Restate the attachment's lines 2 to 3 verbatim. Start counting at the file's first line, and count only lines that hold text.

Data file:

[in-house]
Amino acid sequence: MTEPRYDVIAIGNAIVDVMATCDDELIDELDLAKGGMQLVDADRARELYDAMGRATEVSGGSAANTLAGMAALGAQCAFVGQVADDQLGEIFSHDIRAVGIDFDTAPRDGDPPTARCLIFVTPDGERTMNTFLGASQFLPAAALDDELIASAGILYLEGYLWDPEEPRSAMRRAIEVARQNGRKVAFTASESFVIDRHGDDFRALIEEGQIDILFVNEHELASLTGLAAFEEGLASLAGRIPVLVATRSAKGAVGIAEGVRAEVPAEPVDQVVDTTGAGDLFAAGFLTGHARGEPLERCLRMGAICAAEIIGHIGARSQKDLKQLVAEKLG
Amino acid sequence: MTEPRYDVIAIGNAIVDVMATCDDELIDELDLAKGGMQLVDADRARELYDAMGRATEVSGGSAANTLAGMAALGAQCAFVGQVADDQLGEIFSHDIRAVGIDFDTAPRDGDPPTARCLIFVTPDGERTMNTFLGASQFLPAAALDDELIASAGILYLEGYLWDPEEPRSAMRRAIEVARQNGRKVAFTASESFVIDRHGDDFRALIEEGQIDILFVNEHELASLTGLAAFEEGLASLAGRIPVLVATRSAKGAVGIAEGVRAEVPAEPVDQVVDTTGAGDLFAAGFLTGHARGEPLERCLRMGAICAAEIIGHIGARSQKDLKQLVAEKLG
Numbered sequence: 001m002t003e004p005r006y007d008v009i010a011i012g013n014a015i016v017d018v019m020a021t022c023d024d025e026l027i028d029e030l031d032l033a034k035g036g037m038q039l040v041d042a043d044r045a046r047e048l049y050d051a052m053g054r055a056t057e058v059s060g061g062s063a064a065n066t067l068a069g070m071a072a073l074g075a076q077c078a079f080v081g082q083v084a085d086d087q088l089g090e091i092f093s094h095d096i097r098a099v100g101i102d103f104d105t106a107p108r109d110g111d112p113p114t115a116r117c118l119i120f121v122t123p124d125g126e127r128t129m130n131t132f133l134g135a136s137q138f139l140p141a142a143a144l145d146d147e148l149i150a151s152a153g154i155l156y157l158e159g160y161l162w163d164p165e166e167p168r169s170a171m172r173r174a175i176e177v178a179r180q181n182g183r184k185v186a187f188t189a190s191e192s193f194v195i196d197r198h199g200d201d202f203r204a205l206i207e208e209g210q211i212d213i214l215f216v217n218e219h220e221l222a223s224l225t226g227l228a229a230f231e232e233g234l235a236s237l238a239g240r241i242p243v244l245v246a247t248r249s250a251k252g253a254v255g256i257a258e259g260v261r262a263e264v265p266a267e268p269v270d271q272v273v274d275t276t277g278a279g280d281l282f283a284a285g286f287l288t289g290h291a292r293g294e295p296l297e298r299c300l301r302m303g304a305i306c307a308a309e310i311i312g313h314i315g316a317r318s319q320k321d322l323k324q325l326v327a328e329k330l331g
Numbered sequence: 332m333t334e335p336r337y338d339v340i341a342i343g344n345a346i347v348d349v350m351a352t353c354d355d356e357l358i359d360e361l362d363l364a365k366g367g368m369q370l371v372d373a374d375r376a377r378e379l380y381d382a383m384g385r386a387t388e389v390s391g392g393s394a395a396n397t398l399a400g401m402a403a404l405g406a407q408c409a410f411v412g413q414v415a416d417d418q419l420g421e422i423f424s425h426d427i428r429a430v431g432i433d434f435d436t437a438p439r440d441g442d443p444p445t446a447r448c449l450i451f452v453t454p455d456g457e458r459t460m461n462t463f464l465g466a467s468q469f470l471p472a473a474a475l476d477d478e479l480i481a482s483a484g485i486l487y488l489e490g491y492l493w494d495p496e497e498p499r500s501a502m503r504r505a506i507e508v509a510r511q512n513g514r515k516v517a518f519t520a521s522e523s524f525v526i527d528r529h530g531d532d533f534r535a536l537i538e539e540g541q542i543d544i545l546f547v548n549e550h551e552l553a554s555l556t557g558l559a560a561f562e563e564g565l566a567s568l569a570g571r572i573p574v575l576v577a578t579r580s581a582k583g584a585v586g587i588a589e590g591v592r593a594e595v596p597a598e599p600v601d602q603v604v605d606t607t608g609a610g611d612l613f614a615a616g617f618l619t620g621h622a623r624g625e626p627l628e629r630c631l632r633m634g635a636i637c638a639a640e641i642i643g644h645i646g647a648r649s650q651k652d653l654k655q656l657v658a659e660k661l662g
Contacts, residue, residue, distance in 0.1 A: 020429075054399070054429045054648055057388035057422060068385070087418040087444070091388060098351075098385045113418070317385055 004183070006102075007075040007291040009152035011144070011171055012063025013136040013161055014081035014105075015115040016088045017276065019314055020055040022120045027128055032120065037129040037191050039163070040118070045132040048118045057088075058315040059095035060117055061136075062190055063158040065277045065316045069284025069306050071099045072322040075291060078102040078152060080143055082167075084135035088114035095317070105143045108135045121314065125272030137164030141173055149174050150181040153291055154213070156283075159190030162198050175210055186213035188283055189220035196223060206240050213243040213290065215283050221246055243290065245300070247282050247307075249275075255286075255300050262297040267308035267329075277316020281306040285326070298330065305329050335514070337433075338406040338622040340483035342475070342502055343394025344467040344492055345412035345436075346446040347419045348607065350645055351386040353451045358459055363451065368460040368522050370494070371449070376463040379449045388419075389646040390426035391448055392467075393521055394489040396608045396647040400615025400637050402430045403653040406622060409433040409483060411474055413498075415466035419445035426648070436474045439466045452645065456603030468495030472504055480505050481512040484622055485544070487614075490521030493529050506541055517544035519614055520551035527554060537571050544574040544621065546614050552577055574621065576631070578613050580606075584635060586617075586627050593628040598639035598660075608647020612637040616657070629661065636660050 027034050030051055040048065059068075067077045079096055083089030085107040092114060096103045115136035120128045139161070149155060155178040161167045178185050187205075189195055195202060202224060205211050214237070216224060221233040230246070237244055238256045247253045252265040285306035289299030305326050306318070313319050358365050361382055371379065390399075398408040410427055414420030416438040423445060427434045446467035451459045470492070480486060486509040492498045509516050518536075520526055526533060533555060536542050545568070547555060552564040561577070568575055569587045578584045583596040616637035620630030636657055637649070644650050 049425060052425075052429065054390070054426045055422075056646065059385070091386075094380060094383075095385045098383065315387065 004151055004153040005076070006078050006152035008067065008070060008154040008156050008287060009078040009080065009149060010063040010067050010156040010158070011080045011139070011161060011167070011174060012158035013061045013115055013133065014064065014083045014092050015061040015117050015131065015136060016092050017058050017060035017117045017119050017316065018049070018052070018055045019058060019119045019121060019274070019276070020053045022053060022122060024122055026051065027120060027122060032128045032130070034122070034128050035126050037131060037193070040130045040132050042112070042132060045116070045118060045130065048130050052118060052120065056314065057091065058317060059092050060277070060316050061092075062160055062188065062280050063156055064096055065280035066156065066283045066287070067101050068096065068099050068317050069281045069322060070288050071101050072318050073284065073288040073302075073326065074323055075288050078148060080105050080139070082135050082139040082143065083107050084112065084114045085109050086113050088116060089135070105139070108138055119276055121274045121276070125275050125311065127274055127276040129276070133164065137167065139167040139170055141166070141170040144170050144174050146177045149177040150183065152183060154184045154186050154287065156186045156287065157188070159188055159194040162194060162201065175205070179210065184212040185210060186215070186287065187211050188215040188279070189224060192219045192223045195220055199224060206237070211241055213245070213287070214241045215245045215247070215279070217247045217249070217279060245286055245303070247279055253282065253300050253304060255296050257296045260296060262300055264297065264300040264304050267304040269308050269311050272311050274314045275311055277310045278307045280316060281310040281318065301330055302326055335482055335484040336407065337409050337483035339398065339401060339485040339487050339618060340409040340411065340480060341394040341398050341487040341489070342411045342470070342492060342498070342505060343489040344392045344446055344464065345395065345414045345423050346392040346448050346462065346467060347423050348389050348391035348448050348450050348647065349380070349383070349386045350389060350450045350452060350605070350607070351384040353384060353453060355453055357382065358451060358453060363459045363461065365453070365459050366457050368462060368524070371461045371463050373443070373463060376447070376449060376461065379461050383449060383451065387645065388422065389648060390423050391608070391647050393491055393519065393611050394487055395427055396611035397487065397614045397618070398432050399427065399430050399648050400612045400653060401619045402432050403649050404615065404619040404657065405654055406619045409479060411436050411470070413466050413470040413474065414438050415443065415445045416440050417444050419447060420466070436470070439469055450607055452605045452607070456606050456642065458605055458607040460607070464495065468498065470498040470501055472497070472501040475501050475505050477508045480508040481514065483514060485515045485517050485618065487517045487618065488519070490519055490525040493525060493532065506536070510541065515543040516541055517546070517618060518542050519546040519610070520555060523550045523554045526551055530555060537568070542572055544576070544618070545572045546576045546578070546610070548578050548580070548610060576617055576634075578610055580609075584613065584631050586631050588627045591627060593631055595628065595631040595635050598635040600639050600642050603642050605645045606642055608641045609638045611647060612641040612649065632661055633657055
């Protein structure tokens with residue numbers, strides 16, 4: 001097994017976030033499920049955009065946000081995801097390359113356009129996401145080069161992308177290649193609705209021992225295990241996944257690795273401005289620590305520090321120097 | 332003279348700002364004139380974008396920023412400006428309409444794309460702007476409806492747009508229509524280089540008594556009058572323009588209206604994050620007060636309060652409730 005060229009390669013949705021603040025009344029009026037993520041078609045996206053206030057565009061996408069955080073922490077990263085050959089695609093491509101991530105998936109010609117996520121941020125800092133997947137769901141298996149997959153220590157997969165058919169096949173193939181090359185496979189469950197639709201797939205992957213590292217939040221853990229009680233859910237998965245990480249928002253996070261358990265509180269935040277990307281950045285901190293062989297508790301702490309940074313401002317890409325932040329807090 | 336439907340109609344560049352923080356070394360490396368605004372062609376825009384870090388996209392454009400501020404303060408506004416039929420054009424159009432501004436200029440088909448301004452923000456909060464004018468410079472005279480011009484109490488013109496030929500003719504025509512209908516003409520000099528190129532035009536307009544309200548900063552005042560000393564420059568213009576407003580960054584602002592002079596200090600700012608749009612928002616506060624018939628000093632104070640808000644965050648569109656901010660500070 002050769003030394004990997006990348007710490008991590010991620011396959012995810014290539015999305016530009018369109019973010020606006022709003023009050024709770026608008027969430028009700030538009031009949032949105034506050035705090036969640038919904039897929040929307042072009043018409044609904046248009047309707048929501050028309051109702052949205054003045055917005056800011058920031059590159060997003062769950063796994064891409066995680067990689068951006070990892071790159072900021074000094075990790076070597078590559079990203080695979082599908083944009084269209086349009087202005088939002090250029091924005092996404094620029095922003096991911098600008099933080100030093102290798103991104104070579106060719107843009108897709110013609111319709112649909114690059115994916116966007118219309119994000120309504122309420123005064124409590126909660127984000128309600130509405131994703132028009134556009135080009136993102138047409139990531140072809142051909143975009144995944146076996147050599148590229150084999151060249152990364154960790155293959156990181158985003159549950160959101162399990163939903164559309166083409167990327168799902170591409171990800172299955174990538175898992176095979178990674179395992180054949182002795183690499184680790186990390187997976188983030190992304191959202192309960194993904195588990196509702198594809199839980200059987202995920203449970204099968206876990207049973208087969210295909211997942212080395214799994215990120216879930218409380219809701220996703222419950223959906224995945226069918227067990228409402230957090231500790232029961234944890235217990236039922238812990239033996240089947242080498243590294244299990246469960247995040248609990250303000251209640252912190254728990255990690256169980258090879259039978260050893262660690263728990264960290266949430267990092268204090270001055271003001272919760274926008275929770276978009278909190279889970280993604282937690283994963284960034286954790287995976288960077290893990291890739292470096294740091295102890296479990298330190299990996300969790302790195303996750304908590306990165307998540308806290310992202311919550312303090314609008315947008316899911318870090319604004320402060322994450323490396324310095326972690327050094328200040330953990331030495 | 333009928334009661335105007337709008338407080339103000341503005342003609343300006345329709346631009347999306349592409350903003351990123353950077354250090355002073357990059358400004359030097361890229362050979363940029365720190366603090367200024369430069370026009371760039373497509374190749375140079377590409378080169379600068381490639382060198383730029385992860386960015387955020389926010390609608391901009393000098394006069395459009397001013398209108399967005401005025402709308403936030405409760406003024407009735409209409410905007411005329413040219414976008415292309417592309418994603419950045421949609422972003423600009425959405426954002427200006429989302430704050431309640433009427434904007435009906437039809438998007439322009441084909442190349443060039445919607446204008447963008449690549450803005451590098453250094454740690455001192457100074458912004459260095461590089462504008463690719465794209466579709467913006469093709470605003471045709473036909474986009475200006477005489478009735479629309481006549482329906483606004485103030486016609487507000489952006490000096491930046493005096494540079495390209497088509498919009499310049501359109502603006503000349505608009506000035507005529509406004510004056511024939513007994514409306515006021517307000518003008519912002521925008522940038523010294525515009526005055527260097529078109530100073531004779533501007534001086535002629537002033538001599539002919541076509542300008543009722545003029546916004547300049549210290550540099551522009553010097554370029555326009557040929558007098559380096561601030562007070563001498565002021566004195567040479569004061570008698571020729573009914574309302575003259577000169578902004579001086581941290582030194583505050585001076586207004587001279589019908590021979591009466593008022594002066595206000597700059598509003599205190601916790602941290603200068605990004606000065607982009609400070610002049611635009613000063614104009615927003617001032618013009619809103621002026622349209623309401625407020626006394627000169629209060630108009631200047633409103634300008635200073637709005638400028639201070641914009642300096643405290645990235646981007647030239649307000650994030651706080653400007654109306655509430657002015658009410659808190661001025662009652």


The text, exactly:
Amino acid sequence: MTEPRYDVIAIGNAIVDVMATCDDELIDELDLAKGGMQLVDADRARELYDAMGRATEVSGGSAANTLAGMAALGAQCAFVGQVADDQLGEIFSHDIRAVGIDFDTAPRDGDPPTARCLIFVTPDGERTMNTFLGASQFLPAAALDDELIASAGILYLEGYLWDPEEPRSAMRRAIEVARQNGRKVAFTASESFVIDRHGDDFRALIEEGQIDILFVNEHELASLTGLAAFEEGLASLAGRIPVLVATRSAKGAVGIAEGVRAEVPAEPVDQVVDTTGAGDLFAAGFLTGHARGEPLERCLRMGAICAAEIIGHIGARSQKDLKQLVAEKLG
Amino acid sequence: MTEPRYDVIAIGNAIVDVMATCDDELIDELDLAKGGMQLVDADRARELYDAMGRATEVSGGSAANTLAGMAALGAQCAFVGQVADDQLGEIFSHDIRAVGIDFDTAPRDGDPPTARCLIFVTPDGERTMNTFLGASQFLPAAALDDELIASAGILYLEGYLWDPEEPRSAMRRAIEVARQNGRKVAFTASESFVIDRHGDDFRALIEEGQIDILFVNEHELASLTGLAAFEEGLASLAGRIPVLVATRSAKGAVGIAEGVRAEVPAEPVDQVVDTTGAGDLFAAGFLTGHARGEPLERCLRMGAICAAEIIGHIGARSQKDLKQLVAEKLG